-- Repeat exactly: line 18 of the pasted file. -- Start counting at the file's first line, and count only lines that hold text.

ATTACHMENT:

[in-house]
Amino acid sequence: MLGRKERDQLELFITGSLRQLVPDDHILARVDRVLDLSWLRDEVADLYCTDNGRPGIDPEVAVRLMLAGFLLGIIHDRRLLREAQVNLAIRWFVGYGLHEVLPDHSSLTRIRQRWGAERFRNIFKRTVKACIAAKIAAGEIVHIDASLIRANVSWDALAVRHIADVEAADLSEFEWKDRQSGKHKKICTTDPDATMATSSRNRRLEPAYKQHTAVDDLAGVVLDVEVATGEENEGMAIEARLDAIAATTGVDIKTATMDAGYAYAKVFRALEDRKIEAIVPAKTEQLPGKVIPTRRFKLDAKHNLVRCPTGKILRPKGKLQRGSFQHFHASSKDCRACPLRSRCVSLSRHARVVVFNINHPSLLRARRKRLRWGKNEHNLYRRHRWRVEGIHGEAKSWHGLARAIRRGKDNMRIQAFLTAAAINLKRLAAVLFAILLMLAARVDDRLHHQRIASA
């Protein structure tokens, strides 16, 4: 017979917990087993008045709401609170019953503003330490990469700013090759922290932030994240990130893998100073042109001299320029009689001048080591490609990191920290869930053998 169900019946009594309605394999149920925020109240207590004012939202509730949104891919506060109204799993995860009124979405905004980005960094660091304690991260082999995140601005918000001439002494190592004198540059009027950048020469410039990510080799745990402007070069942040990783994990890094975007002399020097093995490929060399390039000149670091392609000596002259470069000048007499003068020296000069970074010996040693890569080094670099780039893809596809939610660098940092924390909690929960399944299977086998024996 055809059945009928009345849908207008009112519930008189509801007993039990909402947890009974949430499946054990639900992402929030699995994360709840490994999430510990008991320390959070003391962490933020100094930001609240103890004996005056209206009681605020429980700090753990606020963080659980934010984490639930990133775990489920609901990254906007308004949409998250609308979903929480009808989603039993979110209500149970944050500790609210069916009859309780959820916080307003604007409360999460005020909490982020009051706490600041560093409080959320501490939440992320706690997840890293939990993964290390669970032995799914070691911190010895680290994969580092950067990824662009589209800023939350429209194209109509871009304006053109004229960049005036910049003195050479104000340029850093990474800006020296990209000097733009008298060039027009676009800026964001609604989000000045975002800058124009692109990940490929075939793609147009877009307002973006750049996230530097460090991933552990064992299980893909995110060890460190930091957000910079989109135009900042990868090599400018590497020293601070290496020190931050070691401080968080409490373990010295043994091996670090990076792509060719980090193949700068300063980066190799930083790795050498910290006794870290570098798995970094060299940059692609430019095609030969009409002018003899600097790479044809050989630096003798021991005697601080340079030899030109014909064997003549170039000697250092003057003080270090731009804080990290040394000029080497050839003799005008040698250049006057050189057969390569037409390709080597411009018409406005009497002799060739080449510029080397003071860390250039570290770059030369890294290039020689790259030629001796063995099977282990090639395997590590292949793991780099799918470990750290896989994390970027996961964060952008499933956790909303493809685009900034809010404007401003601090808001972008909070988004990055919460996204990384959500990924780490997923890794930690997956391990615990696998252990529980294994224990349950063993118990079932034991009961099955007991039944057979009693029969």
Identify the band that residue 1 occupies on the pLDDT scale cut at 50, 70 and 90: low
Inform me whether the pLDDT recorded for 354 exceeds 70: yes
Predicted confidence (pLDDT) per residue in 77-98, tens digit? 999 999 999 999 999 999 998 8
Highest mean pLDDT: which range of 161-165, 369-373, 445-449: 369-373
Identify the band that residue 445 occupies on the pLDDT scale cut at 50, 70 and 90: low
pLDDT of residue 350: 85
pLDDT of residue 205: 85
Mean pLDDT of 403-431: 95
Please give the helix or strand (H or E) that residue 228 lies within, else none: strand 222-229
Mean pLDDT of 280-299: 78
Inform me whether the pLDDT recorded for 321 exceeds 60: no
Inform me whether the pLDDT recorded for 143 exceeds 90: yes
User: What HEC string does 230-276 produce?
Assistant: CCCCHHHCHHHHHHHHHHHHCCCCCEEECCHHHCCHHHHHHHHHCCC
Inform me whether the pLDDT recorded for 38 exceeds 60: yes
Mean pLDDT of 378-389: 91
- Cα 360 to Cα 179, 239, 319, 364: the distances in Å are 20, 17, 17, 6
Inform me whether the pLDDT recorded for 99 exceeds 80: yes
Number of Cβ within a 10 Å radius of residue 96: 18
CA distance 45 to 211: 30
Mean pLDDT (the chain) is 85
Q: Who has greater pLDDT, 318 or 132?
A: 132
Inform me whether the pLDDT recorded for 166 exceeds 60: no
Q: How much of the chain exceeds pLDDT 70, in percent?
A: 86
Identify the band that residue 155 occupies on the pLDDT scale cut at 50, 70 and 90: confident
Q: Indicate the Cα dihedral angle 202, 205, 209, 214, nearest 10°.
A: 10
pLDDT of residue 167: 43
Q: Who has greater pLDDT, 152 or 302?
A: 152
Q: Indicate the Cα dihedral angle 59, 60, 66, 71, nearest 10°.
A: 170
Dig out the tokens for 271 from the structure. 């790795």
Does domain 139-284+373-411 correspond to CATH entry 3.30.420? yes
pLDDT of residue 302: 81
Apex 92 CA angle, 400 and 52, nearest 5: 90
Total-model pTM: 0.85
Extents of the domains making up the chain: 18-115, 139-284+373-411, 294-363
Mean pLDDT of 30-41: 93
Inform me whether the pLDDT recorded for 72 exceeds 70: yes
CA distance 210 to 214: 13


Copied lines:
Inform me whether the pLDDT recorded for 38 exceeds 60: yes